This year marks the ten-year anniversary of the major restoration and reopening of Watts Gallery in 2011. This could not have been achieved without the commitment and tireless efforts of a group of volunteers who approached the challenge of clearing the Gallery with enthusiasm and energy. Among their many tasks, they emptied cupboards and drawers, uncovering long-forgotten treasures, including G F Watts’s smoking cap in a dusty box. They didn’t give up until the job was done. Their efforts were recognised in 2012 when they won the prestigious Queen’s Award for Voluntary Service.
The reopening in 2011 was celebrated with the installation of the Watts Hope Wall, situated outside the Sculpture Gallery. This wall celebrates numerous people who have generously given their time and dedication to the gallery.
Recognition for volunteers
This summer, Watts Gallery – Artists’ Village marked their fantastic community of volunteers by installing a new plaque on the Hope Wall, to mark all they have done over the past ten years. The Gallery would not be where it is today without them.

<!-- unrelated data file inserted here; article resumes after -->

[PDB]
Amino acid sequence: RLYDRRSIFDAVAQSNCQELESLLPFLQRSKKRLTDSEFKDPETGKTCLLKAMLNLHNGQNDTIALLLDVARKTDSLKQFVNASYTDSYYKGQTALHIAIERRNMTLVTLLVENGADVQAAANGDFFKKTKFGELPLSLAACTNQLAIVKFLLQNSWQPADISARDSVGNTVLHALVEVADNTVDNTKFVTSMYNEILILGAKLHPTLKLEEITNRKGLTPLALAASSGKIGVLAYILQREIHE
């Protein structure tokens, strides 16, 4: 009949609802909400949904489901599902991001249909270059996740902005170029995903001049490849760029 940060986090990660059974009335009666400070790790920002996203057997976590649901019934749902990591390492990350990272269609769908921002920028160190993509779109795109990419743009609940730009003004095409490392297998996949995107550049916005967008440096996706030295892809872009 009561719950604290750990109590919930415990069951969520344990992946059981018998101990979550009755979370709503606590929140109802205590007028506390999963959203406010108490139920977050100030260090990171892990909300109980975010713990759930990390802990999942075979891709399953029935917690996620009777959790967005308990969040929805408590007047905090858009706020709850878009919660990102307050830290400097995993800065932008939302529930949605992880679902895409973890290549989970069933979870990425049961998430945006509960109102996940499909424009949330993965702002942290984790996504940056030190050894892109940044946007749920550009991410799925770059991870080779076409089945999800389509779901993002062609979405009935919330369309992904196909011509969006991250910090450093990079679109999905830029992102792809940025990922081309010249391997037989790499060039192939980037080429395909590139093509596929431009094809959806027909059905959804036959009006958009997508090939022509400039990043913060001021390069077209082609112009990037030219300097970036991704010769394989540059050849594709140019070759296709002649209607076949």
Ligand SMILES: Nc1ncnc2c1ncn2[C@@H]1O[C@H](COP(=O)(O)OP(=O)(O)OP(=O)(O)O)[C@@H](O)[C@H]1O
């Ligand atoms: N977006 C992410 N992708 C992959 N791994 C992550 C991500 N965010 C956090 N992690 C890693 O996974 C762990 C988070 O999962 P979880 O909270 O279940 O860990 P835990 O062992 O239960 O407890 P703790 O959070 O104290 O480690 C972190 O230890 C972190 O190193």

Would you like to be part of a wider community and make new friends, while immersing yourself in the surroundings of the galleries, gardens and 18 acres of woodland? Watts Gallery – Artists’ Village are currently looking for people keen to explore volunteering. They have a variety of opportunities, including tour guiding, stewarding and gardening.
Watts Gallery – Artists’ Village is a unique art gallery and heritage site consisting of historic Arts & Crafts buildings, learning studios, Tea Shop and beautifully landscaped woodlands and grounds. Nestled in the Surrey Hills, the Artists’ Village is just 40 minutes from London.
The Artists’ Village is the legacy of Victorian artist George Frederic Watts (1817-1904) and renowned designer Mary Watts (1849-1938), champions of Art for All. Today, Watts Gallery – Artists’ Village continues the Art for All ethos of Watts Gallery’s artist-founders, who believed that art should be accessible to all and that it had the power to provoke social change.